Notable for prolactin of 55 however repeated:

“prolactin was verified by dilution and the level

of 64 was accurate.

This is consistent with stalk compression”

LH < 1

FSH 3

TSH 1.6

T4 0.96

Cortisol 4.2

ACTH stimulation test: normal at 9.8 mcg/24h

“consistent with a non-secretory pituitary macroadenoma”


Presentation

Presentation

On day of operation complaints of:

Fatigue

Weight gain

Cold intolerance

Headaches

Intermittent blurry vision

Negative:

No field cut deficits

No bruising or purple strechmarkes

No complaints of dysmenorrhea


Surgery

Surgery

Is this indicated?

“In a patient with a nonfunctioning adenoma, the initial treatment is surgical removal. Although published reports have described a few patients who have responded to a dopamine agonist, a suitable response (shrinkage of the tumor) is uncommon. A more likely response is that the tumor will continue to enlarge over time.”

(From: Mary Lee Vance, MD, PITUITARY ADENOMA: A CLINICIAN’S PERSPECTIVE, Endocr Pract. 2008;14(No. 6))

(From: Dekkers et al. Nonfunctioning Pituitary Macroadenomas J Clin Endocrinol Metab, October 2008, 93(10):3717–3726)


Case report

Transcranial surgery might be indicated in cases where tumor mass largely exceeds the sella.


Case report

Open transsphenoidal approach utilizes operating microscope, requiring introduction of a nasal speculum of sufficient width to allow illumination and binocular visualization from the anterior nasal spine to the sella.


Case report

Light sources, cameras, and modern endoscopic instruments have made entirely endoscopic access to the sphenoid sinuses relatively safe.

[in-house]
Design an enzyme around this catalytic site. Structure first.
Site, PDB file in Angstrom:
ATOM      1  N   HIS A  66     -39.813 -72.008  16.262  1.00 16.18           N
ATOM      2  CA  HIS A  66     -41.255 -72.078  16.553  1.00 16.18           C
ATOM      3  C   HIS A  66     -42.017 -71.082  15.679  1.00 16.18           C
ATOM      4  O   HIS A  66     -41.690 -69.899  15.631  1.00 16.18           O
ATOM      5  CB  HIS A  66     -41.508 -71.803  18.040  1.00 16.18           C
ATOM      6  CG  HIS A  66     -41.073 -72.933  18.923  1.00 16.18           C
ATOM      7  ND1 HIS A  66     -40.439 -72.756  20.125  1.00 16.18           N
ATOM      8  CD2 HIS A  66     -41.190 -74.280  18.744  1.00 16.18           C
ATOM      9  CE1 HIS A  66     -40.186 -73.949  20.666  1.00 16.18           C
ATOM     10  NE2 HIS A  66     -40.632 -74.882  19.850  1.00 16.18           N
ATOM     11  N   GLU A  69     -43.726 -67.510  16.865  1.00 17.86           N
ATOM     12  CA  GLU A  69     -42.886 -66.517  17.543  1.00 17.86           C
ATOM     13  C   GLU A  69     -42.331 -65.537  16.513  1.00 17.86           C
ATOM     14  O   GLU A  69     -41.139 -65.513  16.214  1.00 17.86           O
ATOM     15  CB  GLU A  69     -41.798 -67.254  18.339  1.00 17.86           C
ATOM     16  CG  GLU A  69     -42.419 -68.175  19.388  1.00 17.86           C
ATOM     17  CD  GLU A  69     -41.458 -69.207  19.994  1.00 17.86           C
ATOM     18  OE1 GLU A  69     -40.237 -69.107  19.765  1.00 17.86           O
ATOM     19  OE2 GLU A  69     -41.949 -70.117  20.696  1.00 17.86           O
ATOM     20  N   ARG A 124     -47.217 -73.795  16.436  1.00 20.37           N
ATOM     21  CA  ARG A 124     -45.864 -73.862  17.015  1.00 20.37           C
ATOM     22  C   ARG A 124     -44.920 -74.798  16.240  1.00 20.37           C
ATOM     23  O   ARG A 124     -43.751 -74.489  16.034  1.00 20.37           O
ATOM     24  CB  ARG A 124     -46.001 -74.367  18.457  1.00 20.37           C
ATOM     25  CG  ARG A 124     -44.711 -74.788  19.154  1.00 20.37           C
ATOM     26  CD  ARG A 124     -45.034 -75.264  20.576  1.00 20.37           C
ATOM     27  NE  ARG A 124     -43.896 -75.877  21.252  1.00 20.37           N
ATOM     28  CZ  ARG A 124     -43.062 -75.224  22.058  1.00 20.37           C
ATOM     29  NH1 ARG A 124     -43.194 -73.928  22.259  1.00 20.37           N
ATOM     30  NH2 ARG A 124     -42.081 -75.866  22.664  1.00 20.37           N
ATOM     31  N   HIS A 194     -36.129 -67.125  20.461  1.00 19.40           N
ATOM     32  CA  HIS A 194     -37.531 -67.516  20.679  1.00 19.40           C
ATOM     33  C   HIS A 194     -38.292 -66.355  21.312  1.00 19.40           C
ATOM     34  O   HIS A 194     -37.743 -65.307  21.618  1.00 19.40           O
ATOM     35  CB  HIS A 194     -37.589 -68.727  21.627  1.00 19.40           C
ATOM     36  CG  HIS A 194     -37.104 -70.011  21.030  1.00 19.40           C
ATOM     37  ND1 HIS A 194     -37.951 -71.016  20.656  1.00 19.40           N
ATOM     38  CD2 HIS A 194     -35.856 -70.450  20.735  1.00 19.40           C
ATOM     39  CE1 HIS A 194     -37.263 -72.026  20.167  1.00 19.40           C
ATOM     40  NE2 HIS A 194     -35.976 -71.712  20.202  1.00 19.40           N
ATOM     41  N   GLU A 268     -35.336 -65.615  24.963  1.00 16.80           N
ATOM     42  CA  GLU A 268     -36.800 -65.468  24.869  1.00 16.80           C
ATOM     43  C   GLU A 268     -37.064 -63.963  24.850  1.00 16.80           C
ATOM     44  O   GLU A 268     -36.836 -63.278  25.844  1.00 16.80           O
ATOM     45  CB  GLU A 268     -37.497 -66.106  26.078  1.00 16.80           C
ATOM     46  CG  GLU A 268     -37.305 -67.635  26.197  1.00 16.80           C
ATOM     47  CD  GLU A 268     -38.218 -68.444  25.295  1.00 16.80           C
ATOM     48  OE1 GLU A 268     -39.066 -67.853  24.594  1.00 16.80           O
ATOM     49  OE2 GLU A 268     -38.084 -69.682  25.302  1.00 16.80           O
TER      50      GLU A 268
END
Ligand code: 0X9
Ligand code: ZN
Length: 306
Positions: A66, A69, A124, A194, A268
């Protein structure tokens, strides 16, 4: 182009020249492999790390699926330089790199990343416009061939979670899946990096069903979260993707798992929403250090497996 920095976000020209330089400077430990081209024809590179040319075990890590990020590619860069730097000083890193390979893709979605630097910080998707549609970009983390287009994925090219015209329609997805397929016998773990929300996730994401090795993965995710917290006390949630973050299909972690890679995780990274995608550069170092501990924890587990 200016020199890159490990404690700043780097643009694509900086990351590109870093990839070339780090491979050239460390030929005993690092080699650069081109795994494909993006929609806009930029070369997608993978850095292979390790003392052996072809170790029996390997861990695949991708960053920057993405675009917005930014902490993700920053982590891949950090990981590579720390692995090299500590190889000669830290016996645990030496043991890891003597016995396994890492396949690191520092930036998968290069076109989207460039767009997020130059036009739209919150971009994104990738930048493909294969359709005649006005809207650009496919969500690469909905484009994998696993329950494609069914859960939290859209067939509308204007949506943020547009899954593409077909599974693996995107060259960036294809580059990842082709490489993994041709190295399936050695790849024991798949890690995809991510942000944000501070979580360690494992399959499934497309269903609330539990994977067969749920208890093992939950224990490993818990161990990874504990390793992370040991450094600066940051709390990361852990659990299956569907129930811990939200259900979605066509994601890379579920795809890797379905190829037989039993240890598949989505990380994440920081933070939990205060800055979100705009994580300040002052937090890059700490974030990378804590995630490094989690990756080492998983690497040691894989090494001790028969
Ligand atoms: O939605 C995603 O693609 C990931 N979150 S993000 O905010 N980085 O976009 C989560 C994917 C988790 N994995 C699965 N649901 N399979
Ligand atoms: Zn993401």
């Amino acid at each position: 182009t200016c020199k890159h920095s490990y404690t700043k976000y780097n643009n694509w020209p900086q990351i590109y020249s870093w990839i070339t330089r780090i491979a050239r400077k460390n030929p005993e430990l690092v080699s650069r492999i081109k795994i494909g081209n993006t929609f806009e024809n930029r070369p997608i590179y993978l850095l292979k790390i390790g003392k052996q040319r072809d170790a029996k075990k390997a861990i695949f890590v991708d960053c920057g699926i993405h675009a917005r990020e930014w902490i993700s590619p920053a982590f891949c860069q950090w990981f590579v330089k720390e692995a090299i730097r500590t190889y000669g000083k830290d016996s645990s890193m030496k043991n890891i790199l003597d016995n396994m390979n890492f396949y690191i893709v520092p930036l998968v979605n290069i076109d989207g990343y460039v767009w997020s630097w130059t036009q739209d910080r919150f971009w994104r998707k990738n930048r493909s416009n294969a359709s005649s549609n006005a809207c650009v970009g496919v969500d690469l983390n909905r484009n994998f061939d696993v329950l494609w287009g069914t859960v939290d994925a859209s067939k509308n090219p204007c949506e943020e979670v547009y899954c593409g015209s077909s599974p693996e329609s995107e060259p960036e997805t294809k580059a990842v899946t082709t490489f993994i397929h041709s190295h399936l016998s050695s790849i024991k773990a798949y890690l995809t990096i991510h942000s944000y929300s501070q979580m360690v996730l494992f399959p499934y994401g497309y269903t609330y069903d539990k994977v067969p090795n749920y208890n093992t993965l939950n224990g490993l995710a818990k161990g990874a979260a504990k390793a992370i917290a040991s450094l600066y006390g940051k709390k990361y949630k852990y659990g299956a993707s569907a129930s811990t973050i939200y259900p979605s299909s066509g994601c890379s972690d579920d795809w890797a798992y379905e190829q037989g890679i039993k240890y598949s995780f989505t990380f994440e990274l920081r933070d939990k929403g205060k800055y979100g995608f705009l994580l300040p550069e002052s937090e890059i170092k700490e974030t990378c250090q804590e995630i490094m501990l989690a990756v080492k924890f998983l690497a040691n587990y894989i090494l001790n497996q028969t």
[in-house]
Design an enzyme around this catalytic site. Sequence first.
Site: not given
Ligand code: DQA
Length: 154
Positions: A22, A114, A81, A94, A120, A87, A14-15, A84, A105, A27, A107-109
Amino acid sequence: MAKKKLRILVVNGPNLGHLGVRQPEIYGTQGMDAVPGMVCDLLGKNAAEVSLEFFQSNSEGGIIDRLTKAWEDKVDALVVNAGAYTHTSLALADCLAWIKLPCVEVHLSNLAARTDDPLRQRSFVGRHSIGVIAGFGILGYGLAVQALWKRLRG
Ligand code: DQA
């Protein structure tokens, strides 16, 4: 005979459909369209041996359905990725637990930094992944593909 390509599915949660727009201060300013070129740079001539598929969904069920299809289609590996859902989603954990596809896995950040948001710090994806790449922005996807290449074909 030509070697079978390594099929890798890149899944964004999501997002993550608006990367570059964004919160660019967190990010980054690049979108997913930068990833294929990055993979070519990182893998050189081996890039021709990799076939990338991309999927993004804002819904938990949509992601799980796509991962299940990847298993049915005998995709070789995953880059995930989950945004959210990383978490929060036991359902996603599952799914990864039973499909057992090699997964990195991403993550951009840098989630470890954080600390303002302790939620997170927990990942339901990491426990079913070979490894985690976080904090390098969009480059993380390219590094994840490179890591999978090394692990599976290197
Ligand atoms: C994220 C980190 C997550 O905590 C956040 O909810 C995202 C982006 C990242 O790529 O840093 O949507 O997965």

Surgery1

Surgery

Possible complications of the operation?

Hormonal imbalance

Secondary empty sella syndrome

Hydrocephalus

Infection

CHF rhinorrhea

Carotid artery rupture

Injury of structures in the cavernous sinus

Nasal septal perforation

Other

Recurrence!!


The question

The Question

What is the evidence behind the different approaches?


Transcranial approach

Transcranial approach

The approach is used in 1-4% of pituitary tumor surgeries.

The indication is a prediction that transsphenoidal approach will fail.

Not relevant to compare to other techniques.

Note that this will have a place in the surgery.

(From Youssef et al., TRANSCRANIAL SURGERY FOR PITUITARY ADENOMAS, Neurosurgery 57[ONS Suppl 1]:ONS-168–ONS-175, 2005)


Endoscopic vs microscopic

Endoscopic vs Microscopic

14 specific complications of transsphenoidal surgery were reported from 3172 neurosurgeons.

(From: Ciric et al., Complications of Transsphenoidal Surgery: Results of a National Survey, Review of the Literature, and Personal Experience, Neurosurgery, volume 40(2), feb 1997, pp 225-237)

All procedures were assisted by endoscope. 881 operations were performed